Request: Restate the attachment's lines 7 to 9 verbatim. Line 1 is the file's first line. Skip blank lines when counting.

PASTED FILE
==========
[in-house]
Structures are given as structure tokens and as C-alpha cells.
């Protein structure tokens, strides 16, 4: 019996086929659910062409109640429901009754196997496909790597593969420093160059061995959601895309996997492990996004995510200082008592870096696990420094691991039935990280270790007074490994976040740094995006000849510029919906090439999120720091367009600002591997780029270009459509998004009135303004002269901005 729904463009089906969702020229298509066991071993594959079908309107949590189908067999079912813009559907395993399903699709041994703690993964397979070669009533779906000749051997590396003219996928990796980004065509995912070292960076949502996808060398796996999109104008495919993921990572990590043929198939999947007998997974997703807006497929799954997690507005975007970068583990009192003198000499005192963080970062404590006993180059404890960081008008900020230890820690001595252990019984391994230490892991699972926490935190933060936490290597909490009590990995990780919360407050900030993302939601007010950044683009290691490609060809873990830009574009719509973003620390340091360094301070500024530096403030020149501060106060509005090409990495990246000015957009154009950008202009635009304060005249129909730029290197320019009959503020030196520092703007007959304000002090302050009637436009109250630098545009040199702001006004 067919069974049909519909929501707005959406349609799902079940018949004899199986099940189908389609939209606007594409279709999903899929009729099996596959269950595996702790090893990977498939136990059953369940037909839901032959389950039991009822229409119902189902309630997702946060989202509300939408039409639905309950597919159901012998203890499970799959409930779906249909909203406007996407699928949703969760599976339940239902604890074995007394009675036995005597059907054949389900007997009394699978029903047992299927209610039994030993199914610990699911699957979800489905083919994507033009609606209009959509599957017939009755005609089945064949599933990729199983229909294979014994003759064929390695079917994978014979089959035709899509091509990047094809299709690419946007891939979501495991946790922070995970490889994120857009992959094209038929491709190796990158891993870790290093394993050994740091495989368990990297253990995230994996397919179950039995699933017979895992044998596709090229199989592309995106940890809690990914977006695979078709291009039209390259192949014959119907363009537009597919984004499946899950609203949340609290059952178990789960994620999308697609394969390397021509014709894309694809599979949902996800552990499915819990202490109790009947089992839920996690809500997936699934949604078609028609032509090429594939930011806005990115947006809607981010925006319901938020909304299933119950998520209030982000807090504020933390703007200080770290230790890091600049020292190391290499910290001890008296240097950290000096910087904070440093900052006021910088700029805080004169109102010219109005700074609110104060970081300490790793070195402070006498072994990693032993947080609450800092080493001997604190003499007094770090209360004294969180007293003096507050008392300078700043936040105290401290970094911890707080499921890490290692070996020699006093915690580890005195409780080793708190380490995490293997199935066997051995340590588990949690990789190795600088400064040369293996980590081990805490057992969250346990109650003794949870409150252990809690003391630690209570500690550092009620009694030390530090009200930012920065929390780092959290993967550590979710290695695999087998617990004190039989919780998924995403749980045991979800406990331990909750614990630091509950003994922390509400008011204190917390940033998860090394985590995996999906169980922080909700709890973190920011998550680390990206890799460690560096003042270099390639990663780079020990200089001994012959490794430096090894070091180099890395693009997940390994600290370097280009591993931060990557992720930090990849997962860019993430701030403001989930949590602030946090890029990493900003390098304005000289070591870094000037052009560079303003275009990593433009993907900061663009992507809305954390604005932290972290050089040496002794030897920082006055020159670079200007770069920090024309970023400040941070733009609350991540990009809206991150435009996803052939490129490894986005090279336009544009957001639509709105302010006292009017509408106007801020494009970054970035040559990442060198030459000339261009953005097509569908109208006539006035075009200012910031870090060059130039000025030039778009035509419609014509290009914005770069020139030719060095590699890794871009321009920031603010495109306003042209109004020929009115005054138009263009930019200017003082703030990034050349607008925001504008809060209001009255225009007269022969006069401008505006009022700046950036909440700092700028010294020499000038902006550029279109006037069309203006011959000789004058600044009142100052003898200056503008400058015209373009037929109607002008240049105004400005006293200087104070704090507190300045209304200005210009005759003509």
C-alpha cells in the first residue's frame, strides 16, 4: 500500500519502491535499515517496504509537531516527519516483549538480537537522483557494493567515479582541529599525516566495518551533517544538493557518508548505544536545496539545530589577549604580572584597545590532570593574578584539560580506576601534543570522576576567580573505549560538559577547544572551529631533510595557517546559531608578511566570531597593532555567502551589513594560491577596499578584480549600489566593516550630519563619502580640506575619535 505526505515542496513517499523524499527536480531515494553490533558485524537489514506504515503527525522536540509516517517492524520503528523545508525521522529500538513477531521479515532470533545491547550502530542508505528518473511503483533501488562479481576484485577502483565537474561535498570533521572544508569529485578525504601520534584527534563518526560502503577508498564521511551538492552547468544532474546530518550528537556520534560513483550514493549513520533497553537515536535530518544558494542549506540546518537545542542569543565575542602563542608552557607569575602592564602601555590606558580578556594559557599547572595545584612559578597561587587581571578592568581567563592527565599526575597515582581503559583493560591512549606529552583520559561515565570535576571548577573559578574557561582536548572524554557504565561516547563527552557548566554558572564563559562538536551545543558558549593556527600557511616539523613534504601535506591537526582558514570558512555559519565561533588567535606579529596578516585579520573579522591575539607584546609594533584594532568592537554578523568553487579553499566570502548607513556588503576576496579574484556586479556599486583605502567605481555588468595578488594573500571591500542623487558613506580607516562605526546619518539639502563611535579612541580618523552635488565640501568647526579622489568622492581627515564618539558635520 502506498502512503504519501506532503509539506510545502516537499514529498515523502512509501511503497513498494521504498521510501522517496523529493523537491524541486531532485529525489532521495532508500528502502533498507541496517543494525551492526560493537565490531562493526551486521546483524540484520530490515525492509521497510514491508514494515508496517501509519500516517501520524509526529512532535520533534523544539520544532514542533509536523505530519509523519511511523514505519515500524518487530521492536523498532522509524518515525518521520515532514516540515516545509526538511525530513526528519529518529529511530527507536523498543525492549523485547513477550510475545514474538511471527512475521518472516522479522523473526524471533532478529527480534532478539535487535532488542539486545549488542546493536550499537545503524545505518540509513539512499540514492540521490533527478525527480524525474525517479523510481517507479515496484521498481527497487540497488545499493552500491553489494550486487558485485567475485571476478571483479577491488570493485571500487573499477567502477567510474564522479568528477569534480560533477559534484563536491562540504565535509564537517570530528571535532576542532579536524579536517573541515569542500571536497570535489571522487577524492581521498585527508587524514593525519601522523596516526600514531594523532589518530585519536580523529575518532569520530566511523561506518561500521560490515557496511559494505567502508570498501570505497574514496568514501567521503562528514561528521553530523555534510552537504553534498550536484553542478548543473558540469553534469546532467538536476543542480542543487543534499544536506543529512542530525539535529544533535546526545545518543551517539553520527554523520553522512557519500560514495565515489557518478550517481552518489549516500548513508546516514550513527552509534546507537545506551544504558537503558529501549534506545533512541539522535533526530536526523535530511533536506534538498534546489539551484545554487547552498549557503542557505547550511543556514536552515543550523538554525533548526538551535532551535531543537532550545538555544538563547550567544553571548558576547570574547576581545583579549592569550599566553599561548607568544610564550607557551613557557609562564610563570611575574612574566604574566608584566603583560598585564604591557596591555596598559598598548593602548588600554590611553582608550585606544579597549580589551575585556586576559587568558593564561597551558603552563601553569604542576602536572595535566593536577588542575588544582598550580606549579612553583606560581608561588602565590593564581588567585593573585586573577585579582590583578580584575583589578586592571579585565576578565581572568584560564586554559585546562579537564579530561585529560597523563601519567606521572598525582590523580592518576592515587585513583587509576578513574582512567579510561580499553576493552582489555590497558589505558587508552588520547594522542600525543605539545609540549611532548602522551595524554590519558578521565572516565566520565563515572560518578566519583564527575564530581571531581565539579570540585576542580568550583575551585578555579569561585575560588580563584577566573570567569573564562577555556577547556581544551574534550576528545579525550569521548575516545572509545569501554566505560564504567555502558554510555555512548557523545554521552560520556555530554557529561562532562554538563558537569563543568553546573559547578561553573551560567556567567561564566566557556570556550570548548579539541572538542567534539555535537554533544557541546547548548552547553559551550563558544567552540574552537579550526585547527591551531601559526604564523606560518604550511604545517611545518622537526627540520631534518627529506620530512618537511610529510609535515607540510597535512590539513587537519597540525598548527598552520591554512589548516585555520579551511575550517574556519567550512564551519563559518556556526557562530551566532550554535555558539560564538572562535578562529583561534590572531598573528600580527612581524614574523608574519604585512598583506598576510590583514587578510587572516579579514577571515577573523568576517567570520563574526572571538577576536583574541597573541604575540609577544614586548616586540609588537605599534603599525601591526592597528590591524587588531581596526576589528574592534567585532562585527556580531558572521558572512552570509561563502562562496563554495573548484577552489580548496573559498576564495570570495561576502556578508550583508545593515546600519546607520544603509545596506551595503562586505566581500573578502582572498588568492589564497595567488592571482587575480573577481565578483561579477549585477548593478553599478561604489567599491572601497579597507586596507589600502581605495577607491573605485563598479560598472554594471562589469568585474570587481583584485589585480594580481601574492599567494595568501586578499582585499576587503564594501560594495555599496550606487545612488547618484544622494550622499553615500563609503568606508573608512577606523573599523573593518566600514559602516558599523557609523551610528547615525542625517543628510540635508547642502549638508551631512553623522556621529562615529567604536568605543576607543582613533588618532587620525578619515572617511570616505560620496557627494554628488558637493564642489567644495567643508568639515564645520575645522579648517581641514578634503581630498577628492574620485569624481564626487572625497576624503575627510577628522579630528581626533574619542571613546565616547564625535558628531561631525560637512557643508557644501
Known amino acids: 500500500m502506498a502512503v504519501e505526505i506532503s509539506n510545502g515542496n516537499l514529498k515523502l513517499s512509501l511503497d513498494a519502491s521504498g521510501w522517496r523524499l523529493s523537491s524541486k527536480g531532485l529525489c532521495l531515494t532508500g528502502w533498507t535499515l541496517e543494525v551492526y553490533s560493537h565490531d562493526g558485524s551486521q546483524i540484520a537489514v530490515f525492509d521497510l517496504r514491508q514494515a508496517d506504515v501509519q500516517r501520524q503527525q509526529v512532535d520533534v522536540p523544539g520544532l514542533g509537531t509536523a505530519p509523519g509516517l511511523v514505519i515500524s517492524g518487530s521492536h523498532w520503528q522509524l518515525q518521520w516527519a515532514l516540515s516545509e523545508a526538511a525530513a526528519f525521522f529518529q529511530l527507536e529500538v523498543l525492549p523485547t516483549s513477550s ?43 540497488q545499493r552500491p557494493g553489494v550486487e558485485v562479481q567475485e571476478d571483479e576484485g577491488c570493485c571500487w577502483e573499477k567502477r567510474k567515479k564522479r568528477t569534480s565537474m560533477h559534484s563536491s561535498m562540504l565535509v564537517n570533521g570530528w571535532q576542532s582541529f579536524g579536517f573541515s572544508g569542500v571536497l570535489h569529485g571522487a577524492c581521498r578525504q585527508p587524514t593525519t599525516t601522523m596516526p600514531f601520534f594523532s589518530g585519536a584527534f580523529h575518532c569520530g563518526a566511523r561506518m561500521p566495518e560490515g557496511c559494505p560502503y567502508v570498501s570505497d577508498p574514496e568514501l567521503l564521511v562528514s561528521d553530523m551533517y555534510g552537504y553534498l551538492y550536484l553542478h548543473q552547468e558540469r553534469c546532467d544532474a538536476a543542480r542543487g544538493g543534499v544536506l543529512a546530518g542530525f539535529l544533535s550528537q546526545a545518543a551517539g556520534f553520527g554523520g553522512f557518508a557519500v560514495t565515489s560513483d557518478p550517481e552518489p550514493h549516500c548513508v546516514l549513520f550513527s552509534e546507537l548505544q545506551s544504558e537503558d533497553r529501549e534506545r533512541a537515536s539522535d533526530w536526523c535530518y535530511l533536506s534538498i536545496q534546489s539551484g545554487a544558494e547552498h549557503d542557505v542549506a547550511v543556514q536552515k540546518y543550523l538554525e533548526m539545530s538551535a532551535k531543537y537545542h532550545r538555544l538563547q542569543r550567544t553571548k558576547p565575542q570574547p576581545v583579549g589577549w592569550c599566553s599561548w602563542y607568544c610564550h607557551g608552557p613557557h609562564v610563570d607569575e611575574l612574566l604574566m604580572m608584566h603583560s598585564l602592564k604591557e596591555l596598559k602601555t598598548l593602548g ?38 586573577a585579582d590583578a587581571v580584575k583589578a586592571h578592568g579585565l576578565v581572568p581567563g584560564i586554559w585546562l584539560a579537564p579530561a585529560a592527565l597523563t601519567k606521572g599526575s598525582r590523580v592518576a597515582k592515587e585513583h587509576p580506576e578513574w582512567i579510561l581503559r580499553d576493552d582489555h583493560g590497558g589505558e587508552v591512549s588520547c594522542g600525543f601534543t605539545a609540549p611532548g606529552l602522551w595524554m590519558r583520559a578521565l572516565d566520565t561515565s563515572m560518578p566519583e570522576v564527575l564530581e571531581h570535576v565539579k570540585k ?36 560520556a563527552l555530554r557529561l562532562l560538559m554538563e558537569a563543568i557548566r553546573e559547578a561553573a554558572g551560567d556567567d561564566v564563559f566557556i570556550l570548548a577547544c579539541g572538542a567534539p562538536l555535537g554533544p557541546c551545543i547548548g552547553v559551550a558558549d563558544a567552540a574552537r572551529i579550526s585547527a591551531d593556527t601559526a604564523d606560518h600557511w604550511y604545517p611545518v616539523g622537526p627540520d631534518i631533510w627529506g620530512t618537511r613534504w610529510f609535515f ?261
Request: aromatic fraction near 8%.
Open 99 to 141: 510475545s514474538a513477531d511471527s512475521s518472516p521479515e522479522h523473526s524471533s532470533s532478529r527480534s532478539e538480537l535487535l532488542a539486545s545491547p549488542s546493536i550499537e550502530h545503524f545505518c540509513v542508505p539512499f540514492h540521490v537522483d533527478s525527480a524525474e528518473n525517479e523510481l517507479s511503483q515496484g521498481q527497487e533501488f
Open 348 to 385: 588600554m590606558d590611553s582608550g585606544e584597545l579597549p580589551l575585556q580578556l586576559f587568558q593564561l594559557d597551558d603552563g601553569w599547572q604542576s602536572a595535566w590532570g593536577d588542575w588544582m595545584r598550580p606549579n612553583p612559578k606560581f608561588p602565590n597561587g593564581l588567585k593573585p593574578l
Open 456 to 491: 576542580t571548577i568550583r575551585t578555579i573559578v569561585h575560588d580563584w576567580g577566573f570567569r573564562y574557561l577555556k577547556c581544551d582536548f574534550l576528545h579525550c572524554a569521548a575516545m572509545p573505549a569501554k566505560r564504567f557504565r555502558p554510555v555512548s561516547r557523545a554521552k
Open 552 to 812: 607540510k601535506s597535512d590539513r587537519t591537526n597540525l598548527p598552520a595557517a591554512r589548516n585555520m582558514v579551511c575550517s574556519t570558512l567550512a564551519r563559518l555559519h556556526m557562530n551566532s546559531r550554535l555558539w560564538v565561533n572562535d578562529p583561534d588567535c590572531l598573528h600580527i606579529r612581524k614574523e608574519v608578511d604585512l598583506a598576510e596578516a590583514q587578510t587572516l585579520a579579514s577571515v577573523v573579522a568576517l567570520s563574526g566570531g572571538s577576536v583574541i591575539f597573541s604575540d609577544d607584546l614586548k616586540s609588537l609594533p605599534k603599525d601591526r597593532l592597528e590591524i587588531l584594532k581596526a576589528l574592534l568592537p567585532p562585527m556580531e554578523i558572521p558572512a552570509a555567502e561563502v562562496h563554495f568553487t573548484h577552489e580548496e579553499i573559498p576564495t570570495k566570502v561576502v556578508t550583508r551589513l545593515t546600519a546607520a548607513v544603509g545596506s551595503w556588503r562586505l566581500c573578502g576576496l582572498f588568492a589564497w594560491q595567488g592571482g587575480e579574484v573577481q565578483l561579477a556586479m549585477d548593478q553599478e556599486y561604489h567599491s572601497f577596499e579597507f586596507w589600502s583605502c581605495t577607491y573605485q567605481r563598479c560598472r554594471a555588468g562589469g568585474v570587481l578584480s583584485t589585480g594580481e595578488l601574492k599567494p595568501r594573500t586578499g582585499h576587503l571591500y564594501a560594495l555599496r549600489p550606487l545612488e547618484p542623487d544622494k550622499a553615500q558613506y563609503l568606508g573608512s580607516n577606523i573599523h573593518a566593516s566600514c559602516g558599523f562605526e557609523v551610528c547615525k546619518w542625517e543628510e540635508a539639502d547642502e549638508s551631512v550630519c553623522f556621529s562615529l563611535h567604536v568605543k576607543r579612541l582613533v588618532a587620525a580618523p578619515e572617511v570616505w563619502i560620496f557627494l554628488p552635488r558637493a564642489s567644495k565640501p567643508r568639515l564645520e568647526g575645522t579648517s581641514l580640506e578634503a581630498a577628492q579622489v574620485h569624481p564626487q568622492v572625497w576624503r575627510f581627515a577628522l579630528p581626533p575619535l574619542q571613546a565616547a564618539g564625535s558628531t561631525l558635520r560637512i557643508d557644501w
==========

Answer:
Open 99 to 141: 510475545s514474538a513477531d511471527s512475521s518472516p521479515e522479522h523473526s524471533s532470533s532478529r527480534s532478539e538480537l535487535l532488542a539486545s545491547p549488542s546493536i550499537e550502530h545503524f545505518c540509513v542508505p539512499f540514492h540521490v537522483d533527478s525527480a524525474e528518473n525517479e523510481l517507479s511503483q515496484g521498481q527497487e533501488f
Open 348 to 385: 588600554m590606558d590611553s582608550g585606544e584597545l579597549p580589551l575585556q580578556l586576559f587568558q593564561l594559557d597551558d603552563g601553569w599547572q604542576s602536572a595535566w590532570g593536577d588542575w588544582m595545584r598550580p606549579n612553583p612559578k606560581f608561588p602565590n597561587g593564581l588567585k593573585p593574578l
Open 456 to 491: 576542580t571548577i568550583r575551585t578555579i573559578v569561585h575560588d580563584w576567580g577566573f570567569r573564562y574557561l577555556k577547556c581544551d582536548f574534550l576528545h579525550c572524554a569521548a575516545m572509545p573505549a569501554k566505560r564504567f557504565r555502558p554510555v555512548s561516547r557523545a554521552k